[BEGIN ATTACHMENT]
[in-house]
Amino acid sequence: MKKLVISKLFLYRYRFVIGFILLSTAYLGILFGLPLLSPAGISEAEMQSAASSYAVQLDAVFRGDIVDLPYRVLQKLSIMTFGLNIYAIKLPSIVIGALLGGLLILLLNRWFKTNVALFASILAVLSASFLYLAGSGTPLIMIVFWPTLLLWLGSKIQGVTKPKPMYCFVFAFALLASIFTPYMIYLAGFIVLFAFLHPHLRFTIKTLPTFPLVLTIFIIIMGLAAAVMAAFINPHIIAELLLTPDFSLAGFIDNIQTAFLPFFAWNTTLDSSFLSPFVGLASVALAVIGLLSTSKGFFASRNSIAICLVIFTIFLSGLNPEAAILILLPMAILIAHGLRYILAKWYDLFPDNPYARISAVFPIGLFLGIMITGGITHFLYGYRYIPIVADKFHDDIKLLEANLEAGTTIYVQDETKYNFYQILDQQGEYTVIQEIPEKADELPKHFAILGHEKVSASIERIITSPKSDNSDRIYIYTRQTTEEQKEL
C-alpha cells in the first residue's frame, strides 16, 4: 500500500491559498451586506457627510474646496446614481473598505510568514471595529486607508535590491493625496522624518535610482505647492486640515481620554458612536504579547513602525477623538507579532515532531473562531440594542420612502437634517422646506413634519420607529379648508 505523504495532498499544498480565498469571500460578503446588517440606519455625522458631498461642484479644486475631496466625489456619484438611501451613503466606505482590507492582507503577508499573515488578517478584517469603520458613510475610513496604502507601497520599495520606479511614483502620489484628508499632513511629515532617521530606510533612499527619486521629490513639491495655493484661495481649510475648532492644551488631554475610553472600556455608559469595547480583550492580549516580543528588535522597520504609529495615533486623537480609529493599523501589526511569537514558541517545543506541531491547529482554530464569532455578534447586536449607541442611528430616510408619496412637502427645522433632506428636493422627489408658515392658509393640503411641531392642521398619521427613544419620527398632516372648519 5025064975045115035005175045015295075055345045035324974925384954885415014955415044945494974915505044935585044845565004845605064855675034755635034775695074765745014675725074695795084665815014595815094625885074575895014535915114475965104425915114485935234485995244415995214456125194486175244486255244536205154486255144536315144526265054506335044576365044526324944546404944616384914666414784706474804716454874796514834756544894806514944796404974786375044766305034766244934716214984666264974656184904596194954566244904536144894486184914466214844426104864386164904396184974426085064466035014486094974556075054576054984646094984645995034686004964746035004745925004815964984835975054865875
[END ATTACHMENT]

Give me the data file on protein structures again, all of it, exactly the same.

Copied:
[in-house]
Amino acid sequence: MKKLVISKLFLYRYRFVIGFILLSTAYLGILFGLPLLSPAGISEAEMQSAASSYAVQLDAVFRGDIVDLPYRVLQKLSIMTFGLNIYAIKLPSIVIGALLGGLLILLLNRWFKTNVALFASILAVLSASFLYLAGSGTPLIMIVFWPTLLLWLGSKIQGVTKPKPMYCFVFAFALLASIFTPYMIYLAGFIVLFAFLHPHLRFTIKTLPTFPLVLTIFIIIMGLAAAVMAAFINPHIIAELLLTPDFSLAGFIDNIQTAFLPFFAWNTTLDSSFLSPFVGLASVALAVIGLLSTSKGFFASRNSIAICLVIFTIFLSGLNPEAAILILLPMAILIAHGLRYILAKWYDLFPDNPYARISAVFPIGLFLGIMITGGITHFLYGYRYIPIVADKFHDDIKLLEANLEAGTTIYVQDETKYNFYQILDQQGEYTVIQEIPEKADELPKHFAILGHEKVSASIERIITSPKSDNSDRIYIYTRQTTEEQKEL
C-alpha cells in the first residue's frame, strides 16, 4: 500500500491559498451586506457627510474646496446614481473598505510568514471595529486607508535590491493625496522624518535610482505647492486640515481620554458612536504579547513602525477623538507579532515532531473562531440594542420612502437634517422646506413634519420607529379648508 505523504495532498499544498480565498469571500460578503446588517440606519455625522458631498461642484479644486475631496466625489456619484438611501451613503466606505482590507492582507503577508499573515488578517478584517469603520458613510475610513496604502507601497520599495520606479511614483502620489484628508499632513511629515532617521530606510533612499527619486521629490513639491495655493484661495481649510475648532492644551488631554475610553472600556455608559469595547480583550492580549516580543528588535522597520504609529495615533486623537480609529493599523501589526511569537514558541517545543506541531491547529482554530464569532455578534447586536449607541442611528430616510408619496412637502427645522433632506428636493422627489408658515392658509393640503411641531392642521398619521427613544419620527398632516372648519 5025064975045115035005175045015295075055345045035324974925384954885415014955415044945494974915505044935585044845565004845605064855675034755635034775695074765745014675725074695795084665815014595815094625885074575895014535915114475965104425915114485935234485995244415995214456125194486175244486255244536205154486255144536315144526265054506335044576365044526324944546404944616384914666414784706474804716454874796514834756544894806514944796404974786375044766305034766244934716214984666264974656184904596194954566244904536144894486184914466214844426104864386164904396184974426085064466035014486094974556075054576054984646094984645995034686004964746035004745925004815964984835975054865875